Weekend Mail Call: Tsunami scare


it was over almost before it started. A
tsunami scare was prompted by Tuesday evening seven point six magnitude
earthquake off the coast of Honduras. The quake hit just before 10 p.m.
it was far enough away that it only caused a small tremor in Grand Cayman
but weather officials warned it could generate a tsunami wave affecting Cayman
and other islands. By 10:30 p.m. the danger had passed. Many people did not
hear of the warning until they woke up the next morning, prompting discussion
about Cayman’s lack of an emergency warning system. The Compass asked readers
to share their experiences. Let’s take a look at what some of them said. Annette Baubie wrote, “y alarm went off at 6 a.m. I checked my messages and got a
disturbing one from my niece in Canada asking if I was okay because she had
heard about the earthquake. My response was, ‘What earthquake?” Kelly Kel wrote, “My
sister had no idea. It was not until she awoke this morning and saw my message
that she knew about it. I’m in Connecticut. Surely there’s a better way
to alert people.” Kay Emerick said she never felt a thing: “Heard about it online after the alert was over,” she wrote. Mary Jo Holswarth
Silva wrote, “My daughter called me from university in the US about 11 p.m. Seems
right because during the summer i had to call her from the US to tell her she was
under evacuation for the fire at Jackson Point.” Doddi Si felt nothing. “Overhyped much?” Doddy wrote. Robin Tayman wrote to say her husband learned about the earthquake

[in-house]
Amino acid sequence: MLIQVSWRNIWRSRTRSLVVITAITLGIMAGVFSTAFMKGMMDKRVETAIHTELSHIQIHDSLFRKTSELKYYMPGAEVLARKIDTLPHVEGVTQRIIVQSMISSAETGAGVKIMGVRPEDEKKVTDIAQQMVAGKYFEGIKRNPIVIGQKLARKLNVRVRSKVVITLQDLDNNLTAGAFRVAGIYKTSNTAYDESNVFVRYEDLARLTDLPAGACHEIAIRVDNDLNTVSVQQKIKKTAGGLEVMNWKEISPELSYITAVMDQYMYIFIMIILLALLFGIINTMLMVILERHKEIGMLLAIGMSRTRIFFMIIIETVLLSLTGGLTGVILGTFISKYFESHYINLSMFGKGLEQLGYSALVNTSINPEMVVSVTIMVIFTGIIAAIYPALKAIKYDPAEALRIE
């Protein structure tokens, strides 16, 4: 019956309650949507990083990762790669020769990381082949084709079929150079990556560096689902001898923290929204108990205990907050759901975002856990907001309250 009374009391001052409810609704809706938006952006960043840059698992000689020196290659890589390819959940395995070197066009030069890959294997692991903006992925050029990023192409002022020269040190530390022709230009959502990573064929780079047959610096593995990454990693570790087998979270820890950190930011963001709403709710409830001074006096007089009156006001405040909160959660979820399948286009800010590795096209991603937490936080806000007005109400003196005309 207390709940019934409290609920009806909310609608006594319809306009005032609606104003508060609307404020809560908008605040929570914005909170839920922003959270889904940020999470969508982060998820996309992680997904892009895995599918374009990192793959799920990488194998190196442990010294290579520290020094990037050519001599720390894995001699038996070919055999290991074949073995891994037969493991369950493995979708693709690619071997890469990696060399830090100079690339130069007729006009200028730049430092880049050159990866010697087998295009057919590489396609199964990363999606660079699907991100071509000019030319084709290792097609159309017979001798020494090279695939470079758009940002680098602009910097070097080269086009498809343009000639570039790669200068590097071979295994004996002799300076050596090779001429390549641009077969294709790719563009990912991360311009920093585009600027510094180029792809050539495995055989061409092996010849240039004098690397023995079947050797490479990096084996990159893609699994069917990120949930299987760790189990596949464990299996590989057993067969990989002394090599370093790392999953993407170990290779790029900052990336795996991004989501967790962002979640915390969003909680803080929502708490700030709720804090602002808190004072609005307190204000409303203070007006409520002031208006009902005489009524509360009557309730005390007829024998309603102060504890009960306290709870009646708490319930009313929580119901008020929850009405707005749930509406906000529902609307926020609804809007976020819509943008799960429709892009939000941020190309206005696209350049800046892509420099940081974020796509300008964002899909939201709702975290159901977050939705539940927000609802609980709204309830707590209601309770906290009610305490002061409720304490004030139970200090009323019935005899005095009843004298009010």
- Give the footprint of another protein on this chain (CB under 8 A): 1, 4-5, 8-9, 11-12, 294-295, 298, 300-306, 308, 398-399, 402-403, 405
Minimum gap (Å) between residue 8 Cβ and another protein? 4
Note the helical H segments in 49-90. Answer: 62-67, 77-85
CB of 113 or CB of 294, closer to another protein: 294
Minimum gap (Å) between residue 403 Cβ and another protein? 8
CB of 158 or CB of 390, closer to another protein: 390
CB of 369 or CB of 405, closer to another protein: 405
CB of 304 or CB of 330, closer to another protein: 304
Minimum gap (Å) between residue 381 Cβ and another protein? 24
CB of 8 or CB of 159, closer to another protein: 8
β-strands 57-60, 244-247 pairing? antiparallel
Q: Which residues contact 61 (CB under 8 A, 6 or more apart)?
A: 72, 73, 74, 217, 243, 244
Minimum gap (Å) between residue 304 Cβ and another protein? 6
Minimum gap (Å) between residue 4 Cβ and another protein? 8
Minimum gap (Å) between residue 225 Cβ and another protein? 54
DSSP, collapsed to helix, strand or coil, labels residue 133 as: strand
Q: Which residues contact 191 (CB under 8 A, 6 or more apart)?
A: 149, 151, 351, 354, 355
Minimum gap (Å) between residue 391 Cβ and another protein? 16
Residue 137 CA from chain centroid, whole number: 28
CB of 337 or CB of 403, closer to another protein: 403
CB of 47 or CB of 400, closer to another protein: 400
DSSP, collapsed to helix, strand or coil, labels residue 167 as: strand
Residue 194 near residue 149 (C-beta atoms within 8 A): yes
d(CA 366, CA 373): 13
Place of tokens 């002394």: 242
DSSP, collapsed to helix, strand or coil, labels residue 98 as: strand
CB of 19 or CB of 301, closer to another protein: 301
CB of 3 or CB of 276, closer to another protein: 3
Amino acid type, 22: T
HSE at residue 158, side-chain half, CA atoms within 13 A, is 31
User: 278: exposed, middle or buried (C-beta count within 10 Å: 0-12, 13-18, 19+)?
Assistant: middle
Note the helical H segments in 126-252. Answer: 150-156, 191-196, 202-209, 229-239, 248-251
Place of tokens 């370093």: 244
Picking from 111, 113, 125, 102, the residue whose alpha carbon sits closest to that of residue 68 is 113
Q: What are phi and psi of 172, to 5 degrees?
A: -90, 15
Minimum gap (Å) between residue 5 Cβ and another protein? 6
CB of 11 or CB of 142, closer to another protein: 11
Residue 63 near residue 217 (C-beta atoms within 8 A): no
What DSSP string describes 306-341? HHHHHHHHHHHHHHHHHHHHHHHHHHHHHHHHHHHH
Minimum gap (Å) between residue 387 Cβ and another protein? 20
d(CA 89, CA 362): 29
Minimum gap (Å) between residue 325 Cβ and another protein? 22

on a US news feed. “Although we felt nothing, when we came downstairs this
morning a picture was off the wall and three knickknacks had fallen over.
Coincidence?” she writes. “Who knows? Robyn added that she thought it’s “very scary” that Cayman does not have a tsunami warning system. “If government is unable
to do it, can large private companies here help with it or at least contract
out?” she wondered, adding, “This is a big deal.” Cal Creole said he heard about the
earthquake around 11:30 p.m.: “Interesting that a magnitude seven point six only
160-ish miles away wasn’t felt,” he wrote. “I’m ocean front, too. Wave action was
totally normal. I’ve been through many earthquakes in my life,” he wrote. “Most of
which were hundreds of miles away, and still felt them.” Roger Ebanks wrote to say he had blamed the tremor on an unruly pork chop that he had eaten earlier that
evening. “A few minutes later, saw the reason on the TV out of Miami,” he wrote. “Made my apology to the pork chop.” emergency management officials told the compass they are working on a way to get critical information to the public more
quickly in future emergencies. They also say it is important to be prepared for
rapid onset events before the need arises. For tips on how to do that visit
http://www.caymanprepared.gov.ky And to read more readers’ experiences with last week’s tsunami scare or to
share your own, visit us on Facebook. Thanks for watching weekend mail call.
Tell us what you think. And don’t forget to pick up your daily paper, subscribe to
our channel on YouTube and spend time with us online at www.caymancompass.com

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